The Role of the Information Architect in Technical Publications
Sabine Ocker, Comtech Services
“Architecture is a very grand term. Information Architecture isn’t about designing the next cathedral, but more like figuring out how big of a barn you can make out of a stack of pallets before it falls down.” CIDM Member
In March, seventeen CIDM Members representing writing managers, content strategists, and information architects joined us to probe the question—what is the role of an information architect in your technical publications group? The short answer is, it is evolving.
What does an information architect do? In 2005 JoAnn Hackos defined the role as such:
- Investigating the requirements of the customers for the content and structure of information deliverables
- Understanding the underlying content structure of the information types that authors must produce and developing standards based on these structures
- Instantiating business rules into the structures to support authors and encourage compliance
- Creating structures that promote finding and reusing content in multiple contexts, including metadata schemes to label content appropriately for delivery to customers
- Creating an authoring environment that accommodates both the preferences of authors and the needs of the business for compliance with standards
- Developing standards for content assembly in multiple media that meet customer and business requirements
- Building stylesheets that apply appropriate formatting to content for each type of deliverable
(For the full article, see The Role of an Information Architect in the Technical Information-Development World)
Most members agreed that Hackos’ definition still applies. However, in addition to the primary functions above, members indicated that the role is evolving in scale, moving from structuring individual publications to designing end-to-end system structures.
This evolution means that information architects are now being asked to work on taxonomies, search engine optimization, and business intelligence. They have shifted focus from structuring the content to be easy to find and reuse, to determining how successfully the content is being found and accessed by users on the delivery platform.
In addition, information architects are now tasked with increasing the efficiency of the content creation lifecycle. Although this could take the form of task automation or increased data consistency, these efficiency increases are more likely to be better processes. One information architect described it as “determining what content not to write.” This allows the finite resources and time to be focused on creating only content targeted toward what users want and need most.
Another important function of the role of information architect, which is perhaps implicit but not explicit in Hacko’s definition, is that of influence. Information architects in our member organizations are asked to provide the technical publication organizations with best practices and tips to writers.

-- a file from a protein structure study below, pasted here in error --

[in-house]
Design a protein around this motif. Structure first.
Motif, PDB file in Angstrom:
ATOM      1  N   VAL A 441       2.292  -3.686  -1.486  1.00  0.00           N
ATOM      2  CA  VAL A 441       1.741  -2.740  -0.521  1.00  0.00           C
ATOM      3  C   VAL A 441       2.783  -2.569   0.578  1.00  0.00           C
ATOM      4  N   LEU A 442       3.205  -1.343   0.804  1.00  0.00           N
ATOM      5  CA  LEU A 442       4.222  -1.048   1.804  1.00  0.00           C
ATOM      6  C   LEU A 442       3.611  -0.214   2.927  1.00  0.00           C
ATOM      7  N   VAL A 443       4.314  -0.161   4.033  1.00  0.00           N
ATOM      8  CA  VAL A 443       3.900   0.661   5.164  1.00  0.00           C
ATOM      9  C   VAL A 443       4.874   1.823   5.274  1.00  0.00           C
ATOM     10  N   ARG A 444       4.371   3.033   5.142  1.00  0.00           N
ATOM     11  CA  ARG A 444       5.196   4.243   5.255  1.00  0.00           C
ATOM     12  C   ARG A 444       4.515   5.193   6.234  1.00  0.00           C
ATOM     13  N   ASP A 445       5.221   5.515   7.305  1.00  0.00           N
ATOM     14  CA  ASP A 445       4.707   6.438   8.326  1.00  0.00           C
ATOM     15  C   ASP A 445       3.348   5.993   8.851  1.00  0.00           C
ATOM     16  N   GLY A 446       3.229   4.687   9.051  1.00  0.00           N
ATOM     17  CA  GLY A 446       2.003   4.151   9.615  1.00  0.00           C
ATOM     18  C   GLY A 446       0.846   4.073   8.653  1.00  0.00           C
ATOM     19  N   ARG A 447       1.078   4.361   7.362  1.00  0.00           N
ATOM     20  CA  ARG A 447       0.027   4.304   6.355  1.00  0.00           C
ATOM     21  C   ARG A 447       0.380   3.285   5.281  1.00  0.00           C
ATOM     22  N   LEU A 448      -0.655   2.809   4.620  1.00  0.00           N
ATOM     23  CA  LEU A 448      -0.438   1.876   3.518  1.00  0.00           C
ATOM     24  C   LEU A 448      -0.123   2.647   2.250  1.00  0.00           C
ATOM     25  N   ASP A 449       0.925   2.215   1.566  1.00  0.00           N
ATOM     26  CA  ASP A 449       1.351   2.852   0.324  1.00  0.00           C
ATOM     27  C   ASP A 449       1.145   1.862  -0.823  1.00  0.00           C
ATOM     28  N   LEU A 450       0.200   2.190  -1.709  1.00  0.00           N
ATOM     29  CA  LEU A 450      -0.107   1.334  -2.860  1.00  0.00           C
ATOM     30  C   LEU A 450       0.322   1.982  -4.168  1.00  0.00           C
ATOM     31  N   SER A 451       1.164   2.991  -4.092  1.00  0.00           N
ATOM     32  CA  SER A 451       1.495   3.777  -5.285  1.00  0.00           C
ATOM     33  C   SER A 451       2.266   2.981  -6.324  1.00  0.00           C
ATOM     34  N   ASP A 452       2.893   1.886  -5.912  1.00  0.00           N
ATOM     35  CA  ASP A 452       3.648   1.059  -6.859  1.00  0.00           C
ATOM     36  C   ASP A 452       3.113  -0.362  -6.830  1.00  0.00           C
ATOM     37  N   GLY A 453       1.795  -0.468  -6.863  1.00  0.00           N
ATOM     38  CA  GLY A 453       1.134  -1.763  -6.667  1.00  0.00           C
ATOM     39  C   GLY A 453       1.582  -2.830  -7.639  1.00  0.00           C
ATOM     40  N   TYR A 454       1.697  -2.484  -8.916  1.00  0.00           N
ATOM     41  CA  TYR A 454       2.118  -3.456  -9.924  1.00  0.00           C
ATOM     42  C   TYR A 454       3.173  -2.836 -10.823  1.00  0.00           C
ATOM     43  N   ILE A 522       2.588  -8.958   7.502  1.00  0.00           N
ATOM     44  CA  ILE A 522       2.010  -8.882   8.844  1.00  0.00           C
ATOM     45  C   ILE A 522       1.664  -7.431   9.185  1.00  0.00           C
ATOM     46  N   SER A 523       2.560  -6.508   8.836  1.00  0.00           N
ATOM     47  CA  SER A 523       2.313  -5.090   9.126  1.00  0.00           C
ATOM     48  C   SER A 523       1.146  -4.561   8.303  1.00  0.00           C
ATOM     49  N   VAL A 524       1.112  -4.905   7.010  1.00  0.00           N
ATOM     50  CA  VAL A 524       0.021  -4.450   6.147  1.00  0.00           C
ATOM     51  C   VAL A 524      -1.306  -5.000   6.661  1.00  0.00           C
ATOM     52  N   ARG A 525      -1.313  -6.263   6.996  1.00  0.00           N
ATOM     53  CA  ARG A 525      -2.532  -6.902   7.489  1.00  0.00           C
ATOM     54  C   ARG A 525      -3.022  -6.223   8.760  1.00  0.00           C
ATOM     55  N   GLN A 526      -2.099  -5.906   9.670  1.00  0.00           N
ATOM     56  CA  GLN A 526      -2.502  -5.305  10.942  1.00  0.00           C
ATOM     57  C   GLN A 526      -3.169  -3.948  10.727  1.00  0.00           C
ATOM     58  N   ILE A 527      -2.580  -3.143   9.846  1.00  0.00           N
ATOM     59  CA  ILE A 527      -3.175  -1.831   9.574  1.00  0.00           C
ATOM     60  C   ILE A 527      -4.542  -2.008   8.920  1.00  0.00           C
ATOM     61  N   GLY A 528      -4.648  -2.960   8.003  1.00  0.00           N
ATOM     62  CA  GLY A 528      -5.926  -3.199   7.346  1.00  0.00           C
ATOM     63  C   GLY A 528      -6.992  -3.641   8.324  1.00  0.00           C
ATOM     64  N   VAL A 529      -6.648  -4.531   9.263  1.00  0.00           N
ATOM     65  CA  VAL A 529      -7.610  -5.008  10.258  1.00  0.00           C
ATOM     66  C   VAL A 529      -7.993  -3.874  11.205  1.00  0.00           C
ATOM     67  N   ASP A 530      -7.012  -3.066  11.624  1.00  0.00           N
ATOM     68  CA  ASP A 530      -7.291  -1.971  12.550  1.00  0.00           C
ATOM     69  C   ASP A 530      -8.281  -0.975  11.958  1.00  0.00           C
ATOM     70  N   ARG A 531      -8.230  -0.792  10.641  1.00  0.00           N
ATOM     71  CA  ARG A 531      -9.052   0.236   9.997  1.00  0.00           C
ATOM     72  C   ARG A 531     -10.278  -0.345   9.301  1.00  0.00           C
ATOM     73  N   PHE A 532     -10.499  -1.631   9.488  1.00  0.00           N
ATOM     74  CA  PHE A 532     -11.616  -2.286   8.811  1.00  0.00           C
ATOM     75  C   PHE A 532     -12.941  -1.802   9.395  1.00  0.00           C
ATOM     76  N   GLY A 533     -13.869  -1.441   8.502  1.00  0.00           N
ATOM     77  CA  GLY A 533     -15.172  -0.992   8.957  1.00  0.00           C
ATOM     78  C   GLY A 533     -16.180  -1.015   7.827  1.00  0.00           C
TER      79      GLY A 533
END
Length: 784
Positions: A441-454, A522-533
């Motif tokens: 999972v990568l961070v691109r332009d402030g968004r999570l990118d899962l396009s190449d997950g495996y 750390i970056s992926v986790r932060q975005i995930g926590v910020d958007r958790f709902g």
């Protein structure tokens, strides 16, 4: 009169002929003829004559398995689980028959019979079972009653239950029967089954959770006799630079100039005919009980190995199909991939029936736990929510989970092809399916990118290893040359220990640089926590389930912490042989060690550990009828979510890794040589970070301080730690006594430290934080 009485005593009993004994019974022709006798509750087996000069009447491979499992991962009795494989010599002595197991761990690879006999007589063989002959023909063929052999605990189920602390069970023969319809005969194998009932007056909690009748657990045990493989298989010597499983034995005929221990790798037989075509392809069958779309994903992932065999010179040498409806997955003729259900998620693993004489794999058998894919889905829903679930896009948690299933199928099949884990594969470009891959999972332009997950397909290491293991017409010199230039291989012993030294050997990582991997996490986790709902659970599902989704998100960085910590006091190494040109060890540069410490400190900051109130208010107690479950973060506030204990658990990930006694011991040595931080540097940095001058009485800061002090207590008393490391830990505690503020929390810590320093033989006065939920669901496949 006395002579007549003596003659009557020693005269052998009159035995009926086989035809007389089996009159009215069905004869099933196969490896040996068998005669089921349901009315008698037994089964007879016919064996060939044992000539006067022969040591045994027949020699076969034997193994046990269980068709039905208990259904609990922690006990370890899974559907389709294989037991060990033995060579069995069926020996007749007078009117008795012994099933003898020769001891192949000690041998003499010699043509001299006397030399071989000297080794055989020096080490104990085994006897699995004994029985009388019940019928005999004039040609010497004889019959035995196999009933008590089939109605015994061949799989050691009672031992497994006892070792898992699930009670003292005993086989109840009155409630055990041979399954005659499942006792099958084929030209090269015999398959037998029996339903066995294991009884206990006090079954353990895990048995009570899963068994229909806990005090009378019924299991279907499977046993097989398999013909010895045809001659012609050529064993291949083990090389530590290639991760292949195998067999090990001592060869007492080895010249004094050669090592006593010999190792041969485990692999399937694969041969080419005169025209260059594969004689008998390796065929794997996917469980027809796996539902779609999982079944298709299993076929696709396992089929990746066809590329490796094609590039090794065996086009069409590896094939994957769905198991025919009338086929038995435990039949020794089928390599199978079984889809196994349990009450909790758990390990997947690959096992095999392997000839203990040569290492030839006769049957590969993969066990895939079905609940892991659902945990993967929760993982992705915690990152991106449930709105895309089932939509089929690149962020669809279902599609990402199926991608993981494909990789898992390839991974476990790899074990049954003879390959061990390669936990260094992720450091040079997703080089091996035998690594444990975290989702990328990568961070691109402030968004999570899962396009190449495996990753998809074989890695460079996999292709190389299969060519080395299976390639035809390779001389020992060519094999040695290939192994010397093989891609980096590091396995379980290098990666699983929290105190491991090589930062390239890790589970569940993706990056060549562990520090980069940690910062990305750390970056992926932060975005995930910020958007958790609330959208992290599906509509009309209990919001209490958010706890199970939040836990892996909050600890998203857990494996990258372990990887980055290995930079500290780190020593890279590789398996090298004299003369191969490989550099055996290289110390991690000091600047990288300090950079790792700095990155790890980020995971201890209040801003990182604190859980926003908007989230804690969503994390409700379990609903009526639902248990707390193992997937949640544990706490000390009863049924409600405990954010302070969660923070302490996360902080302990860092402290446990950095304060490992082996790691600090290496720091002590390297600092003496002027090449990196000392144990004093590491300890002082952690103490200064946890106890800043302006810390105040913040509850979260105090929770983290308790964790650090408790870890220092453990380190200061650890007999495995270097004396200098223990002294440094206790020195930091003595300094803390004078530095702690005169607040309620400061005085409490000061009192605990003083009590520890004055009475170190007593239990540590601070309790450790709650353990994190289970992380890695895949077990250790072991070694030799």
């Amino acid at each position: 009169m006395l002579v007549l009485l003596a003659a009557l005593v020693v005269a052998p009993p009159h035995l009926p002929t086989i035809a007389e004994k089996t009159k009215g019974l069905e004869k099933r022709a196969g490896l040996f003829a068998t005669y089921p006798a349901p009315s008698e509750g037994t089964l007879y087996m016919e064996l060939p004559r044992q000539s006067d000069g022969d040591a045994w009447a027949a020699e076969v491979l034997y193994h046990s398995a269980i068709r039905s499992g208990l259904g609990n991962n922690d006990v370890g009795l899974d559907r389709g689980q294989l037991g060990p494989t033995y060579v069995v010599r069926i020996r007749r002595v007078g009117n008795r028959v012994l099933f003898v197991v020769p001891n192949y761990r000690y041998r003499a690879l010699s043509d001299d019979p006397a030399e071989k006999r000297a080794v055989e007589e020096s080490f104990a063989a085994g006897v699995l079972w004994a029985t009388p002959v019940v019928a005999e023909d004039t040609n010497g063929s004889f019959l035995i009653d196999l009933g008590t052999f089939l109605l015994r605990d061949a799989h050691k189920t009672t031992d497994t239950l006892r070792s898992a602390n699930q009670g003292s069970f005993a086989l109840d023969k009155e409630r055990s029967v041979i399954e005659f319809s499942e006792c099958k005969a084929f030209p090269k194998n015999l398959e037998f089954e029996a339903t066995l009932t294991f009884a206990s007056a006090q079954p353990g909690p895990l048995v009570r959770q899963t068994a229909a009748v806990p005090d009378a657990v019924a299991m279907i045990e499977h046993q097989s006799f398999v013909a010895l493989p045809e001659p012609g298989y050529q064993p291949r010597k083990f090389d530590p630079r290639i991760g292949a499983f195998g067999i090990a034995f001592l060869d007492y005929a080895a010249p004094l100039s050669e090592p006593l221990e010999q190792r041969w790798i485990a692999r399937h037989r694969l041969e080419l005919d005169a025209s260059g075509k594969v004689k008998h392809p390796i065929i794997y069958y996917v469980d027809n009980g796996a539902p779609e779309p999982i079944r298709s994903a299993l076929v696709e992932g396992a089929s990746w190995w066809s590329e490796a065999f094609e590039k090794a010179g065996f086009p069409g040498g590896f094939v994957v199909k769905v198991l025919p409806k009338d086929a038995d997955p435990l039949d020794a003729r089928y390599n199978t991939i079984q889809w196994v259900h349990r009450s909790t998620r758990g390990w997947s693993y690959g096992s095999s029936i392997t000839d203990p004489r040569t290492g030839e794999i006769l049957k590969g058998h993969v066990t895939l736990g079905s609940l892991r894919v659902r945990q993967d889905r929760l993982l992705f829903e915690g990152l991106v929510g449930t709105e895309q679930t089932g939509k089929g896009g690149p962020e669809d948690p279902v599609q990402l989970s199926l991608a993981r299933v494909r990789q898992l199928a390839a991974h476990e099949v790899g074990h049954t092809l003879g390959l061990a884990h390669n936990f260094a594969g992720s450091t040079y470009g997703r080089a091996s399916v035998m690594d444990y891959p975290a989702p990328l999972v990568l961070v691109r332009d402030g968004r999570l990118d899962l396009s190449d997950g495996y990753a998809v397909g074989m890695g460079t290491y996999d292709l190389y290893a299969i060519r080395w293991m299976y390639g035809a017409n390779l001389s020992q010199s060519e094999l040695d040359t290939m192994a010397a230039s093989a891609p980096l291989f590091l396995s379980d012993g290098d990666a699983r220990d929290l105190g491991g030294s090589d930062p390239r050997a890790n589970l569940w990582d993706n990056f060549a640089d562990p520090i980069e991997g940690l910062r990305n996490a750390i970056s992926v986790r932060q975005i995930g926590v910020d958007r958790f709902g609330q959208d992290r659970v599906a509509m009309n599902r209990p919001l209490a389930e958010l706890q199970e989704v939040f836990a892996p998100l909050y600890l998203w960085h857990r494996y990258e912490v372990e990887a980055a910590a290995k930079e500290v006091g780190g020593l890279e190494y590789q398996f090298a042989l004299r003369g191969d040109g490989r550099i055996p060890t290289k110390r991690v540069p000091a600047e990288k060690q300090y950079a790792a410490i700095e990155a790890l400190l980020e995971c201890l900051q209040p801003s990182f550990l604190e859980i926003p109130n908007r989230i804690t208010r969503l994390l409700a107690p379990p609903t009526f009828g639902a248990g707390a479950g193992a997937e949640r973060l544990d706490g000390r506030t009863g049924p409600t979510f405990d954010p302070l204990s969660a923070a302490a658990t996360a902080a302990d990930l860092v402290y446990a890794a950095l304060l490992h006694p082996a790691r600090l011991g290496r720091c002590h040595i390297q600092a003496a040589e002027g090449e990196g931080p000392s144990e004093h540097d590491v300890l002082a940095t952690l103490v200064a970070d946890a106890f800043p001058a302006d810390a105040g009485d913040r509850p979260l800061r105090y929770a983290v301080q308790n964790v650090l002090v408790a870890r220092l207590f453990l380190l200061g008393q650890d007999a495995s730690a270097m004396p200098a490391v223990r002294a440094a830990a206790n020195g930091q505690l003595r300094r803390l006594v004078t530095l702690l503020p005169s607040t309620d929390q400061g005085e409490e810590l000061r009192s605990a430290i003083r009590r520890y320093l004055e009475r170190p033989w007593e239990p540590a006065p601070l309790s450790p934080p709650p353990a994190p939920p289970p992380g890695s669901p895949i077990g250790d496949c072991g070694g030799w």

An organization still in the process of migrating to DITA, or new to DITA, needs someone to keep an eye on the XML, help writers align with the information model—or content standards—and train writers. Over time, as writers become more familiar, the information architect does not spend as many cycles at the individual writer or publication level.
Organizations that have mature processes in place and well-trained writers can focus the information architect on aligning metadata with other parts of the company for an enterprise taxonomy, defining the customer or buyer journey, or optimizing the search experience.
With the plethora of responsibilities facing information architects, some content responsibilities are being shifted to the writers, leaving the information architects to concentrate on new and emerging enterprise trends. For example, one member company has asked leader writers to define the structures of their own publications, including the reuse mechanisms they will use—such as content references and conditionalization.
This company also created an Information Architecture Council, consisting of a larger group of senior and lead writers, to research and provide recommendations for content strategy improvements, one topic at a time. Their current project is to gather data on what their competitors are doing and to provide an overview to the rest of the team, including the information architect.
These changes are not intended to eliminate the role of information architect but represent one company’s mechanism for making sure their information architect is able to work on designing end-to-end system structures.
What is in the future for information architects? Members responded that trends and new technologies such as those listed below mean organizations continue to need information architects to help them define requirements for a deeply personalized content experience.
- Machine learning, AI, and chatbots that enable content to be personal and transactional
- The content tsunami the places a greater emphasis on SEO and findability
- The Internet of Things where a content management system can make a cup of coffee
- The emergence of corporate emphasis on the customer journey, which brings together product documentation and other content domains
- Smarter delivery platforms that are able to serve up audience-specific, role-specific, product-specific content dynamically
The reasons for having an information architect in every technical publications organization are very compelling. As one CIDM member put it, “Every company has people working on information architecture, irrespective of whether they have someone in that role. The difference is that it is better to have someone thoughtfully working on it.”